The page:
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Five Up, Five Down: Ranking Would Be NBA Champions

Sometimes the team that SHOULD have won doesn’t and the one that SHOULDN’T have does. If we could turn back time. If we could find a way. These NBA Finals would be better.

Chris Webber walks with Mike Bibby

Welcome back to Five Up, Five Down. We took last week off but its time to rank things once again.

The NBA Finals begun on Thursday and not only was it a fun game, it gave birth to a meme that may live forever. That’s one of the great things about the championship round of the playoffs. We, collectively, as sports fans are able to sit and focus on one single game at a time. Just because we are all focused on those games, however, does not mean we all get what we want out of them. Even if the team you claim as yours isn’t involved, there is always a tendency to at least lean one way or the other. This is when rooting for the underdog or that player you’ve liked since college comes into play.

The NBA Finals have been played every year since 1947. Nineteen different teams have won at least one championship and 26 have made it that far. That includes the Balimore Bullets, who won it all in 1948 and a pair of teams named the Chicago Stags and Washington Capitols which disbanded in the 50s but appeared in the finals in the late 40s. Along the way, there are certain teams that you wish had been able to win it all and ones that you wish had never claimed a title.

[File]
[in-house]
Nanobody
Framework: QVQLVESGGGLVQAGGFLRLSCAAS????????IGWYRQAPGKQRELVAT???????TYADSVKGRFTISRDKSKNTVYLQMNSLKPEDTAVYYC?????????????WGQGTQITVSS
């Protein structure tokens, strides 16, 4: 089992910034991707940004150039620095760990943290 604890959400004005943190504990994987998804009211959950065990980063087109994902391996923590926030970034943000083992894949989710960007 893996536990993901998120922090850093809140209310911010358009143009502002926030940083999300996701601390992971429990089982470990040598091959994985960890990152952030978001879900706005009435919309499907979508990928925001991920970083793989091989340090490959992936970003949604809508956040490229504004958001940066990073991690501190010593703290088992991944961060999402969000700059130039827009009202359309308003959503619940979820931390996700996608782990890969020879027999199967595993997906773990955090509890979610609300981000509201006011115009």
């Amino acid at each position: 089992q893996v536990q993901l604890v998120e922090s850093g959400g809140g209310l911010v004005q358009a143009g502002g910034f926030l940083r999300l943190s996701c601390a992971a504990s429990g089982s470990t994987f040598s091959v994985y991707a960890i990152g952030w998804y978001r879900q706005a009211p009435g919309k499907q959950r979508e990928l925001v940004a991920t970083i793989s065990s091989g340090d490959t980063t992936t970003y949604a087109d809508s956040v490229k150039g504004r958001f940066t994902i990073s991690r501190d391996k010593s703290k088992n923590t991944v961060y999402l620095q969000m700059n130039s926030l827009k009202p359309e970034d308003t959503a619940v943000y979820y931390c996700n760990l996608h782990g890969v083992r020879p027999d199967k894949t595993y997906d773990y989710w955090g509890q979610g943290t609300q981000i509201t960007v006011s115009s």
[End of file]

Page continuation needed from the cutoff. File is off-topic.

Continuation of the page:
We at Down the Drive are not immune to those desires, so for this weeks Five Up, Five Down, we will be doing something a little different. Instead of the five best and five worst, we will rank the five teams we wished had won a title and the five teams we wish hadn’t. We’ll need some ground rules for this experiment.

  1. We will not be picking specific franchises but, rather, specific years in specific franchise’s histories. For example, you would pick the ‘96 SuperSonics not the Sonics (now the Oklahoma City Thunder) in general.
  2. A team must have made at least the conference finals to be considered. That means you can pick the ‘96 Sonics, who lost in the Finals to the Chicago Bulls, but not the ‘95 Sonics who lost in the first round.
  3. If you pick a team you wish won, it does not mean you must pick the corresponding team that won that year as one you wish lost. Sticking with the ‘96 Sonics, perhaps you really loved Shawn Kemp and wanted him to win a ring. That doesn’t mean you necessarily were against the ‘96 Chicago Bulls winning, so you can pick the Sonics and hate on another squad in the other section.

OK. Enough with the rules. Let’s rank these things.

Cleveland Cavaliers v Boston Celtics - Game Seven Photo by Adam Glanzman/Getty Images

Clayton’s Five Up

1. 1967-1970 St. Louis/Atlanta Hawks

The Hawks arrived in Atlanta in 1968 as the defending NBA Western Division champions. They performed like a championship team during their early years in Atlanta, posting consecutive 48-34 records in their first two seasons. The Hawks reached the 1968-1969 and 1969-1970 Western Division finals, losing both times to the Los Angeles Lakers. The franchise failed to make a comparable playoff run for the next 45 years. Despite the loss of team leader Lenny Wilkens just before their Atlanta opener, the core of the latter day St. Louis roster remained in place: quick, physical forwards Bill Bridges, Joe Caldwell and Paul Silas, offensive minded center Zelmo Beaty, and twenty-four-year-old guard “Sweet” Lou Hudson, who was emerging as one of the league’s top scorers. The Hawks wore out opponents with their trademark aggressive, up-tempo style of basketball which carried over from their time in St. Louis. They just could not get past a Lakers team that included three of the greatest players in NBA history: Elgin Baylor, Jerry West, and Wilt Chamberlain.